Back in the days of Don Draper’s “Mad Men,” if you wanted to get your product in front of your target market, you paid for an ad buy or filmed a TV commercial (Yes, filmed. On actual film!). Well, it’s definitely not Don Draper’s ad world any longer, and in today’s digital landscape, marketing has become a multi-strategy game, encompassing not just the aforementioned paid media, but also the use of earned and even owned media to spread the word. But do you really understand the difference between earned and paid? Do you know the benefits of using the different tactics involved, where they overlap, and how they can be integrated with your owned media resources?
It’s a question that I’m often asked so I thought it would be helpful to provide a quick refresher, starting with the basics: Definitions.
As the name suggests, this is all of the stuff you pay for — search, display advertising, social ads, PPC campaigns and the like. With paid media, a brand is paying to leverage a channel with the aim of driving traffic to their owned media (web sites, blogs), and landing new business. Paid media needs to be focused, well planned, and effectively executed, and include compelling calls-to-action in order to deliver exactly what your prospective customer is looking for.
By contrast, earned media puts the customer, client, or brand advocate in the driver’s seat (somewhat) when they Tweet, share, like, or maybe comment and/or write about brand content, or share their experiences with your organization, good and bad. Think of it as the social media equivalent of good old fashioned “word-of-mouth” marketing whereby trusted advocates influence prospects to take a deeper look at what a brand has to offer. Does it stand on its own? No it doesn’t, it feeds off well-crafted content (and expertly executed customer/client experiences) both of which can result in increased visibility and reach—buzz, if you will—amongst supporters. These influencers should preferably have a somewhat large following on social, but even more important an engaged following.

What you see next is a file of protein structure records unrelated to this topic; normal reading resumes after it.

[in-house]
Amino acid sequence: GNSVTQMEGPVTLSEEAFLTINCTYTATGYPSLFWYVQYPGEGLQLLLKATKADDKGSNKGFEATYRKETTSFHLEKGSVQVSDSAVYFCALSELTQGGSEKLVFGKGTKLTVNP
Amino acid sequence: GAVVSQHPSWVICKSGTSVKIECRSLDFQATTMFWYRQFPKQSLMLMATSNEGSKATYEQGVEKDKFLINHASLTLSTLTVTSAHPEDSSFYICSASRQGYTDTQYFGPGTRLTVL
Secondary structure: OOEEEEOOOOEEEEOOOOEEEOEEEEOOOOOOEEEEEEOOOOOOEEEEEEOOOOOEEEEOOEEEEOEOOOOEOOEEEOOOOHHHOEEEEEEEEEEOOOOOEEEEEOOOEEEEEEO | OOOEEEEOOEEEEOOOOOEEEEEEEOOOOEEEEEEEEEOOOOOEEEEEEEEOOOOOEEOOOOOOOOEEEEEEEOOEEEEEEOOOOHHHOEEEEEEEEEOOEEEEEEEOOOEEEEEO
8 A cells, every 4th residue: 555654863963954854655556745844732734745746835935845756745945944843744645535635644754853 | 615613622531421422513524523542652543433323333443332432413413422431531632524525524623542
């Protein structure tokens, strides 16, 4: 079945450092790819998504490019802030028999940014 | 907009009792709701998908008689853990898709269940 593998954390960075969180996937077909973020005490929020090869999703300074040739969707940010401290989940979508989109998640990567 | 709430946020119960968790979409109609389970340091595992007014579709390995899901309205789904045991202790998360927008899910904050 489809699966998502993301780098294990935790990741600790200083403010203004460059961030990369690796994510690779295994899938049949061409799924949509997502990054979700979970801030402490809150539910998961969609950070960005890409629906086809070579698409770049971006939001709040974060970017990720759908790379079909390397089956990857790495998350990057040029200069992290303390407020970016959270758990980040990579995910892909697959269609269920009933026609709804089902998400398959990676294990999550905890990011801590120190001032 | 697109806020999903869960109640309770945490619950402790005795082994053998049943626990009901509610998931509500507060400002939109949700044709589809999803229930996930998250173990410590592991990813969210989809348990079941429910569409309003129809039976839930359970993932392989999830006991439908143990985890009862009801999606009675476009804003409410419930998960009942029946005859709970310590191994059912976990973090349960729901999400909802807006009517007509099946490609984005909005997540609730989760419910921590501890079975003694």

Owned media covers all of the properties that belong to the brand or business. That can be websites, blogs, social media channels (although, don’t forget, you never really “own” your social properties, which is why it’s so important to focus on building an excellent corporate website and blog as well), apps, and stores (online and offline). Both paid and earned media are designed to drive prospects to the owned media estate and its strength is critical to converting them into paying customers.
The main attraction of earned media for many is that it is free, although often gained on the back of paid efforts. And, as with everything in life, nothing’s ever truly “free,” is it? In this case, you “pay” through having little to no control over the content and its placement, compared to paid media, and have reduced ability to accurately measure the success of a campaign, compared to paid media. Having said all that, there can undoubtedly be benefits to having earned media as a part of your marketing strategy. Here are just a few:
Benefits notwithstanding, the lack of control over earned media can mean negative as well as positive comment. And negative comments, though it sounds counterintuitive, can be a bonus, as much goodwill can be gained by handling complaints promptly and with sensitivity and goodwill. An effective monitoring and response system is vital to ensure that all of your earned content, not just the glowing reviews, gets “touched” and responded to in a timely manner.